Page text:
Listing 3. Adding non-Webkit browser support
require(["dojo/_base/kernel", "dojo/_base/sniff", "dojox/mobile", "dojox/mobile/parser",
	"dojo/has!webKit?:dojox/mobile/compat", 
	"dojox/mobile/Button", "dojox/charting/widget/Chart", 
	"dojox/charting/axis2d/Default", "dojox/charting/plot2d/Columns",
	"dojox/charting/plot2d/Grid"]);

The next step is to feed the displayed charting data with an external data source instead of hard-coding data into the application. To do this, you can use the data store API of both Dojo Charting and Dojo Core.

There are classes in the dojo.data and dojox.data packages that let you load data from various data sources and connect them to Dojo components. For the example, assume you have the JSON data in Listing 4 on the server and want to load it.

Listing 4. Sample JSON data
{
  "items": 
  [ 
{"value": 0}, {"value": 32}, {"value": 32}, {"value": 45}, {"value": 37}, {"value": 28},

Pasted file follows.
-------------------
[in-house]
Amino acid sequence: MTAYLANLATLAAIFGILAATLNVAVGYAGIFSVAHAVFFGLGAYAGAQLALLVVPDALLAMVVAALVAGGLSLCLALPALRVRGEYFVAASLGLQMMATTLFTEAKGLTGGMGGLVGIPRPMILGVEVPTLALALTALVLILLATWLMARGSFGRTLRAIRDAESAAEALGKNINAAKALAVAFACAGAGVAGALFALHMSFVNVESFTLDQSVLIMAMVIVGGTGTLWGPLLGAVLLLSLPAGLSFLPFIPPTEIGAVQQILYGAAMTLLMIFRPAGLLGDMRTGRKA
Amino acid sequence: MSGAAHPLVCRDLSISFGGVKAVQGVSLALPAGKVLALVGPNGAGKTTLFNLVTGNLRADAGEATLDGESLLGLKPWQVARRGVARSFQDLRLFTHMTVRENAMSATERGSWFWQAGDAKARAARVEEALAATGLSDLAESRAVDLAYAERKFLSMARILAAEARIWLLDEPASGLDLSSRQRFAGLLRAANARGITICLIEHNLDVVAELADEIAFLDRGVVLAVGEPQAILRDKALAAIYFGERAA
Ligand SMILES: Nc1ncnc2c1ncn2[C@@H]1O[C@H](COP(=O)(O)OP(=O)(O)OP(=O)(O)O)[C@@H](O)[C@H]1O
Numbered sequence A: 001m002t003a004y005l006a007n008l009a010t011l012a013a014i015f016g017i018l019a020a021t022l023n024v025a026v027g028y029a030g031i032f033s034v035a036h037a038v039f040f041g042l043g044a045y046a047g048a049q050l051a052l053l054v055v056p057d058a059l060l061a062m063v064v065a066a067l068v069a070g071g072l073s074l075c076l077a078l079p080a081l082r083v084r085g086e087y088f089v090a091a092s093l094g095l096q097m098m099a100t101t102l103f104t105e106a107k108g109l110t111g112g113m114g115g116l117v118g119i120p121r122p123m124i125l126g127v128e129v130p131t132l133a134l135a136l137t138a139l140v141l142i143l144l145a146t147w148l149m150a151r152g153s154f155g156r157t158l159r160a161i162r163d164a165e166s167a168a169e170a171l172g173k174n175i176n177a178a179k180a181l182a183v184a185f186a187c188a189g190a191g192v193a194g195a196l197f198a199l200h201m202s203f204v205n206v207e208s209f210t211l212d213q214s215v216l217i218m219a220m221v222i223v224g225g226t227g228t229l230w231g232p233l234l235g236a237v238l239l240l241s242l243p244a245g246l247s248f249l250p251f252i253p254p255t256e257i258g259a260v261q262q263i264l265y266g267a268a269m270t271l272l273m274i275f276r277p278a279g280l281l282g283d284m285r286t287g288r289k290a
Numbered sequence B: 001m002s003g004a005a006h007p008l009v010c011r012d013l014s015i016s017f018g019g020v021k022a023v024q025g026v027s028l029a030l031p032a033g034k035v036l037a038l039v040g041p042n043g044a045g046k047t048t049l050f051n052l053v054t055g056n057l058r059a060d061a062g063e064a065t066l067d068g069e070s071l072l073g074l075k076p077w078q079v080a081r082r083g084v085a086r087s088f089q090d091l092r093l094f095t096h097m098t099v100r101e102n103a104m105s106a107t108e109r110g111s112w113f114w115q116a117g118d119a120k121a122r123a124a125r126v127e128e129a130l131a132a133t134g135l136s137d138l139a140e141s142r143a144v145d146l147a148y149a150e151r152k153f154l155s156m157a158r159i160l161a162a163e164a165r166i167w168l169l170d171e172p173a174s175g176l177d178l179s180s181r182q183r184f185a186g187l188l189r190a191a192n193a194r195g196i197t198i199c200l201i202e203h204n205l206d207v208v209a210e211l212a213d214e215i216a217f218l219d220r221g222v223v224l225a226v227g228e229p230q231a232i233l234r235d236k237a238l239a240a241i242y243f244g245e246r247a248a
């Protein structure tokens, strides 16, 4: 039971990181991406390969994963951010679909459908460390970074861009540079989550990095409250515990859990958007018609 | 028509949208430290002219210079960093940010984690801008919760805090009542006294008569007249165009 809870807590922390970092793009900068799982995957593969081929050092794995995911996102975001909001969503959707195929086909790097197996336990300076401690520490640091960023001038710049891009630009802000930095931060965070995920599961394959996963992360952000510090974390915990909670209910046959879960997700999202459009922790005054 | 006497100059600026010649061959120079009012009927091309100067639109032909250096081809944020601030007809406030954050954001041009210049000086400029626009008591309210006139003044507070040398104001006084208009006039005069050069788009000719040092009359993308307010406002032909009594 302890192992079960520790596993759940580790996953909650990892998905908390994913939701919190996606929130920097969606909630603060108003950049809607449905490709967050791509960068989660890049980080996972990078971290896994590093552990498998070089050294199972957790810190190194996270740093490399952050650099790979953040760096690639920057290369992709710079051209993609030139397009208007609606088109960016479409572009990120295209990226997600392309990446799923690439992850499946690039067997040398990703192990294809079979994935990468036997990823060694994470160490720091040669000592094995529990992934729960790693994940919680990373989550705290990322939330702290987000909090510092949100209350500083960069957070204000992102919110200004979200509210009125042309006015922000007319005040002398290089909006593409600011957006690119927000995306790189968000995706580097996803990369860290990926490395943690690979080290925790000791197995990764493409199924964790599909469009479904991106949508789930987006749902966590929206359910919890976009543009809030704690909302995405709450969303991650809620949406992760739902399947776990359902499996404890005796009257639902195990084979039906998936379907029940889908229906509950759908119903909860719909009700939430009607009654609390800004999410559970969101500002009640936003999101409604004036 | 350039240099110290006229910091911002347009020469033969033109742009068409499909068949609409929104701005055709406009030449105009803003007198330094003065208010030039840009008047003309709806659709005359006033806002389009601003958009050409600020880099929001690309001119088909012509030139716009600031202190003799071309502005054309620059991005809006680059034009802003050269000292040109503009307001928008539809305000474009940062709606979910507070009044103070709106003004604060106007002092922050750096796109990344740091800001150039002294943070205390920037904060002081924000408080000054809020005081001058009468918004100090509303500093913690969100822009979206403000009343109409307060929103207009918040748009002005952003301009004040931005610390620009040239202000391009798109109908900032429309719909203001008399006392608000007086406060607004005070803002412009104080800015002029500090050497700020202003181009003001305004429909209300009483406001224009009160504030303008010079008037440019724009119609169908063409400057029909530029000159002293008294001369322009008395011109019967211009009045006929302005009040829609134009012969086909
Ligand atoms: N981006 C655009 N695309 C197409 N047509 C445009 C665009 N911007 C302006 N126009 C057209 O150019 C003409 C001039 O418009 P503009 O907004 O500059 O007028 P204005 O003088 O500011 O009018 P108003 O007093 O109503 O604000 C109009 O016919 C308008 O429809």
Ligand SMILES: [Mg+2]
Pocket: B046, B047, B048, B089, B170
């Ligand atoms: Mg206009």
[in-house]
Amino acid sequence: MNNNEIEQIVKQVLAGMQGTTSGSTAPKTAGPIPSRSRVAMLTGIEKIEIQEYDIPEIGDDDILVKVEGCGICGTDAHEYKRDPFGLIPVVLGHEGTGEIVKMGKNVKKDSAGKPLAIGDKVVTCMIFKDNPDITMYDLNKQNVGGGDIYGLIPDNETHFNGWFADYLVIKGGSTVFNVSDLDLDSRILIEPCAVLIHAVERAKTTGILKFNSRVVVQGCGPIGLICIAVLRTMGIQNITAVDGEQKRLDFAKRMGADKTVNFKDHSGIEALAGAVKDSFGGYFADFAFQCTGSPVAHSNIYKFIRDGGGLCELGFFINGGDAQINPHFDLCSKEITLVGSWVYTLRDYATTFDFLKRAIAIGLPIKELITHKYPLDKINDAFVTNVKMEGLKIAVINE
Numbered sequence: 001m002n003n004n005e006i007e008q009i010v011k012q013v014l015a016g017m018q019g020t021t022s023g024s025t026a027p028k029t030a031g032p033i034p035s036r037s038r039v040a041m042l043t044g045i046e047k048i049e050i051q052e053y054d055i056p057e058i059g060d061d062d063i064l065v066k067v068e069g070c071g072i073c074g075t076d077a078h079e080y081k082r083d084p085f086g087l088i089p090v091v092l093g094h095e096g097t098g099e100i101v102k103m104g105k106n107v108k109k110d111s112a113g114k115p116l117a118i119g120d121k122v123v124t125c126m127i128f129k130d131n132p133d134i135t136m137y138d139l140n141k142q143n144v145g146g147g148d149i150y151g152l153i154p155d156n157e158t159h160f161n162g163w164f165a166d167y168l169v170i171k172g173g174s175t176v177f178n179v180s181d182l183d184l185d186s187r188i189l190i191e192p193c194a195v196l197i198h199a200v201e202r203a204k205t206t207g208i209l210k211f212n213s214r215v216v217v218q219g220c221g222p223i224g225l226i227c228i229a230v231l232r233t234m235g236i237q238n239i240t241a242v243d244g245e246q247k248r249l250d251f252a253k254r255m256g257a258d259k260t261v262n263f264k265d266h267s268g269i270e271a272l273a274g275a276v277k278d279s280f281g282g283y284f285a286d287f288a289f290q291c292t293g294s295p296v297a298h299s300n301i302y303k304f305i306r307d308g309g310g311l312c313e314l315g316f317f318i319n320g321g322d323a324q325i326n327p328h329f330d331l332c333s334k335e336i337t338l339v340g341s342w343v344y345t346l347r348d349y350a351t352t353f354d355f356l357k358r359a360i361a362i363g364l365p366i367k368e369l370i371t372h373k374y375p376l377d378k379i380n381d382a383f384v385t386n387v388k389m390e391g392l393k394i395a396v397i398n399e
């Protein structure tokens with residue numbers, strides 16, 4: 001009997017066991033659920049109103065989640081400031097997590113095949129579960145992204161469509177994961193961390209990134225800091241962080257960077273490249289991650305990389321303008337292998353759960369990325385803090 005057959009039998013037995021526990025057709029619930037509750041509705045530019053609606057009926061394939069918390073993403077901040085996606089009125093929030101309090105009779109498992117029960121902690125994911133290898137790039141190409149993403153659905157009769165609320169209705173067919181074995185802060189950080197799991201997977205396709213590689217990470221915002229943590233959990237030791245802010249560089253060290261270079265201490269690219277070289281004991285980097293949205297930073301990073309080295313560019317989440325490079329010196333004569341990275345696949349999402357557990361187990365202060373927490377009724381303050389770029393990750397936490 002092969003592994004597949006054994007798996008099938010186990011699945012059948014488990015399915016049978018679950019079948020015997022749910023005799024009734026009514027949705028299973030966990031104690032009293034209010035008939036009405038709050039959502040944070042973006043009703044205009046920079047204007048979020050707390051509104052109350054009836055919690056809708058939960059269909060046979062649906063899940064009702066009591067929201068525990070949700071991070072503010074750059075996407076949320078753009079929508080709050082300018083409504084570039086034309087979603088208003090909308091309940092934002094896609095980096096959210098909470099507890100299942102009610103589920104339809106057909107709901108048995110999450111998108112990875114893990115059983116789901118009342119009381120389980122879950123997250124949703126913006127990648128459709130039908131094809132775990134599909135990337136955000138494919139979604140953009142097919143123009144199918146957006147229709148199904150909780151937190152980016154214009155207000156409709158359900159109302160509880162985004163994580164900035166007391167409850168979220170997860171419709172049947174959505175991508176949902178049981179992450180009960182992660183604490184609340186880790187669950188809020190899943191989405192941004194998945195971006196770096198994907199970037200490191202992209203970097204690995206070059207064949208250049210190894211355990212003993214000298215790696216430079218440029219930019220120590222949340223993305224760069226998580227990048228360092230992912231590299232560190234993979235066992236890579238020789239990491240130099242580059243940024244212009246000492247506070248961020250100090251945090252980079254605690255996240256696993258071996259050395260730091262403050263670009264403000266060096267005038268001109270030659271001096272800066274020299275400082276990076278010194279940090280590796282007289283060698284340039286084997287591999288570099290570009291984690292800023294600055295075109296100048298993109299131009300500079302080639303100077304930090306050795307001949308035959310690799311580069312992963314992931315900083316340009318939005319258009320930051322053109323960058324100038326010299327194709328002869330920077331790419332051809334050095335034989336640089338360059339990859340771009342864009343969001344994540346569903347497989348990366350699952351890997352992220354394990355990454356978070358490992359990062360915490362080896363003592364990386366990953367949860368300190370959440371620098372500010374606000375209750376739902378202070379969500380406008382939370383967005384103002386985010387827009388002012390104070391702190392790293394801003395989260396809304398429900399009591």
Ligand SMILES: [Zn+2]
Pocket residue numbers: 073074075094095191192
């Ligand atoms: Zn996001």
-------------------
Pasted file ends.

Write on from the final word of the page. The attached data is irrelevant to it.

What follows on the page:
{"value": 24}, {"value": 48}, {"value": 44}, {"value": 21}, {"value": 32}, 
{"value": 33}, {"value": 32}, {"value": 34}, {"value": 44}, {"value": 32}, 
{"value": 39}, {"value": 43}, {"value": 44}, {"value": 46}, {"value": 36}, 
{"value": 41}, {"value": 25}, {"value": 27}, {"value": 28}, {"value": 45}, 
{"value": 46}, {"value": 33}, {"value": 34}, {"value": 35}, {"value": 29}, 
{"value": 44}, {"value": 48}, {"value": 48}, {"value": 49}, {"value": 43} 
  ]
}

The JSON data can be loaded by an instance of dojo.data.ItemFileReadStore. To proceed with charting, connect your dojo.data instance to a Series object that will be in charge of populating the chart with data items from the store.

You first have to modify the declaration of the series in the HTML to not take hard-coded data as input, but to reference a data store named "store." To do so, change the Series definition in Listing 6 to include store="store", as shown in Listing 7.

Listing 6. Previous Series definition
            <div class="series" name="data" plot="plot" 
              data="20, 32, 32, 45, 37, 28, 24, 48, 44, 21, 32, 33,
                    32, 34, 44, 32, 39, 43, 44, 46, 36, 41, 25, 27,
                  28, 45, 46, 33, 34, 35, 29, 44, 48, 48, 49, 43"></div>
Listing 7. Previous Series definition, including store